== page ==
So, Breaking Bad's done for the year, and while I've had a little time between jobs, I checked out a couple others shows that came to me highly recommended. Probably some general spoilers ahead, but I make these posts up as I go...


As entertaining as promised by various people who recommended it to me. Sort of insanely addictive after a few episodes, and Peter Dinklage is what critics would call "a revelation" here. His character is a weirdly terrific highlight in an engaging, generally well-executed fantasy soap-opera -- part Lord of the Rings, part Tudors (with actors borrowed from both). I ripped through its two existing seasons in an embarrassingly short amount of time. To me, it doesn't have the same kind of artistic gravitas as my pet show Breaking Bad, but it's sure fun to watch.


Speaking of BB, I turned to The Shield because it came up a lot in articles about that show, in the context of comments like "best show since The Shield went off the air!" I caught a little of this show back in its early days, it seemed sort of enjoyable, if a bit self-consciously "hardcore" (it is) so I decided to have a more thorough look.

Mostly I enjoyed it, I suppose, but it drags quite a bit over the course of seven seasons, and I'd probably peg it as a tad overrated on the whole. Still, it has merits. The show has an interesting design, in that there is a central, ongoing narrative with a trajectory that lasts through seven seasons, but it's punctuated with season-specific subplots, which are further punctuated with smaller, single-episode cases. It's a clever, ambitious structure, which attempts to provide all the hooks and narrative rewards of: an ongoing soap-opera, a police procedural, a detective show, a political chess-match, and of course, a meditation on the nature of corruption. But, maybe it tries to do a little too much for its own good, because by the third season or so, I found myself losing interest and patience in the various one-off cases and side tangents revolving around the strike team's central narrative. They began to feel like baggage rather than a perk, and almost all of the characters -- particularly the relatively "uncorrupted" ones (Dani, Julian, Claudette, and to some extent Wagenbach -- all of which I probably just spelled wrong) -- grated on my nerves at least as often as not. Although periodically interesting, I just didn't especially like any of these people, and their characterization sometimes seemed arbitrary.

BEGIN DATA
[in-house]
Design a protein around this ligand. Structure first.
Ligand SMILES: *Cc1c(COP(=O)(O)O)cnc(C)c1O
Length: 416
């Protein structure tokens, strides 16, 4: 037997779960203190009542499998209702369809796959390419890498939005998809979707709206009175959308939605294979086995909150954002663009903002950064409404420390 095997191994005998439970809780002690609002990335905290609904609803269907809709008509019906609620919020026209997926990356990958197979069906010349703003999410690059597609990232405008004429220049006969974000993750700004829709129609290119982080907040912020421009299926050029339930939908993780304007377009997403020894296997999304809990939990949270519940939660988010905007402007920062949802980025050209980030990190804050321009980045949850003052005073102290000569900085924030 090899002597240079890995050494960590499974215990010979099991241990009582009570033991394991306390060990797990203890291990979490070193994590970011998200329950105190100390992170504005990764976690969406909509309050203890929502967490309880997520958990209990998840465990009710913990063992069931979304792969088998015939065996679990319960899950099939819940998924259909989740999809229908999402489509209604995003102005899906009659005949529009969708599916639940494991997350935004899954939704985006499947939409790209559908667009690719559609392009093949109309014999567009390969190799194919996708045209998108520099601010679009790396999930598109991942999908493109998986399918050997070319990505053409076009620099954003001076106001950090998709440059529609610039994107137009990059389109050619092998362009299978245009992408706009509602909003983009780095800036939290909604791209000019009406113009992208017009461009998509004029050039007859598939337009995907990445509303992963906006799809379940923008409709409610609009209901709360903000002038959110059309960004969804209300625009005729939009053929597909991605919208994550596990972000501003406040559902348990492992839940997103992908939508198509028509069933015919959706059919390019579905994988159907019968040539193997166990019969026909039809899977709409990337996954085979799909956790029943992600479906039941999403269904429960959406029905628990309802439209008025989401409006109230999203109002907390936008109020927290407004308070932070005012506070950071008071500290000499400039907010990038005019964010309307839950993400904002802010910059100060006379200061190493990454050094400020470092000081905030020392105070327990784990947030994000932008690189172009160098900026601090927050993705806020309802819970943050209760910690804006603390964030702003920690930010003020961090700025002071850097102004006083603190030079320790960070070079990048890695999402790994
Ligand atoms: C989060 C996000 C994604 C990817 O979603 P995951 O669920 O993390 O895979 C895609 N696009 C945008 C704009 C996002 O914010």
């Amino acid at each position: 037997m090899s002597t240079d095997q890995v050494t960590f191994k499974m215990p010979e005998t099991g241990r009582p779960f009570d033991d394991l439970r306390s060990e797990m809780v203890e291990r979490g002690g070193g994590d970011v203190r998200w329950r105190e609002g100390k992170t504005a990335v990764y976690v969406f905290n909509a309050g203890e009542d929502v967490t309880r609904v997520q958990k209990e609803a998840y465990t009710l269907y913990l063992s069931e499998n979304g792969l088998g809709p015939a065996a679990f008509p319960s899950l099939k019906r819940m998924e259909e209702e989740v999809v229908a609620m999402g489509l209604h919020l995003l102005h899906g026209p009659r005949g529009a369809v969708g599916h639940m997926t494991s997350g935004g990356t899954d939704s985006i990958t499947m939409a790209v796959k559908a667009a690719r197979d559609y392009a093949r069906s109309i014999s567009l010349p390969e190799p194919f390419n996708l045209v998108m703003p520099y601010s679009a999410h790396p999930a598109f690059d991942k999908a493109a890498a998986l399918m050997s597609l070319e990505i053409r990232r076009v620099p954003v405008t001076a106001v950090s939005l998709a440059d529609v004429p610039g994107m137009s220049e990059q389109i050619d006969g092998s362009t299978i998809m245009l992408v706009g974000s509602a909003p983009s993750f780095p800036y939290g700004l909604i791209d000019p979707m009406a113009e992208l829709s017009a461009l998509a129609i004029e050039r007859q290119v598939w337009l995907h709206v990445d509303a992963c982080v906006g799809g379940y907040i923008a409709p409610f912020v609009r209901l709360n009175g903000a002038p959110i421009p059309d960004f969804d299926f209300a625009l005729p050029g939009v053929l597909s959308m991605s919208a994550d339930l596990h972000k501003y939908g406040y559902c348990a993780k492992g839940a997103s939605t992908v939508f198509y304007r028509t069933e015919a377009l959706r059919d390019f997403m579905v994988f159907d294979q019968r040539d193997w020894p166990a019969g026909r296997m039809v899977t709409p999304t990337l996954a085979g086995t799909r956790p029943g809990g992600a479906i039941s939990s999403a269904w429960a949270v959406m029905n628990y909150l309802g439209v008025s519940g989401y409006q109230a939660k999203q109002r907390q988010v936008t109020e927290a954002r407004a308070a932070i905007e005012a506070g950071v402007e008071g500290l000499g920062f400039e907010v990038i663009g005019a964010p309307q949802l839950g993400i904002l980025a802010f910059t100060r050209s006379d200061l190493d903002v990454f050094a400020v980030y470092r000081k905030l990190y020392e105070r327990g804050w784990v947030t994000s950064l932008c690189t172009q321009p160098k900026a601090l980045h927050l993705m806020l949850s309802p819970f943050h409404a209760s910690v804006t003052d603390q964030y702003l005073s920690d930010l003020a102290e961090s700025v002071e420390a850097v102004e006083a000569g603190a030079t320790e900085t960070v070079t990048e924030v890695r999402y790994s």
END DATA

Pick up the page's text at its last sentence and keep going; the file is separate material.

While Mackey and his crew -- the main characters, on the whole -- are pretty engrossing and well-developed in their way, they can't shake a certain cartoonishness somehow, and Chiklis' tough guy persona becomes pretty comical by dint of season-to-season reptition, a kind of parody of itself almost. By the dozenth time Chiklis is kicking a door in to administer an over-the-line beatdown to a gangsta that he's probably going to blatantly plant evidence on to coerce the subject's cooperation in some shady scheme -- which, as it happens, has probably elapsed before even the halfway point of Season 1 -- you've kind of seen enough of it. But you will see that same scenario play out in almost exactly the same way probably another ten to twenty times per season, until the end. Seasons 3-6 I skimmed through much of, to be honest, to get to the good parts, or just to see what exactly happens. Forest Whittaker's weirdly creepy performance slowed me down a little, as did the final season, but the show's a bit overstuffed as a whole, and probably a tad sillier than it wants to believe.

Anyway, I guess I was pretty satisfied by the way they resolve Mackey's central narrative, and the show does a good job of making him the penultimate traitor while still giving you reason to believe that his loyalties were passionate and true -- while they lasted. And the reasons for their dissolution are often somewhat understandable. I can understand the comparisons to Breaking Bad (and certainly THE WIRE took quite a few queues from this). While Mackey is pretty "bad" from the beginning, we rarely doubt that he isn't someone we'd want on our side when the chips were down. He's aggressive, fearless, smart, effective, and seemingly very loyal. Above all, though, he's a survivor: and The Shield allows him to survive, to "win," as is fitting to his nature, while also painting a foreboding picture of how crushingly lonely it can be, to be the last man standing.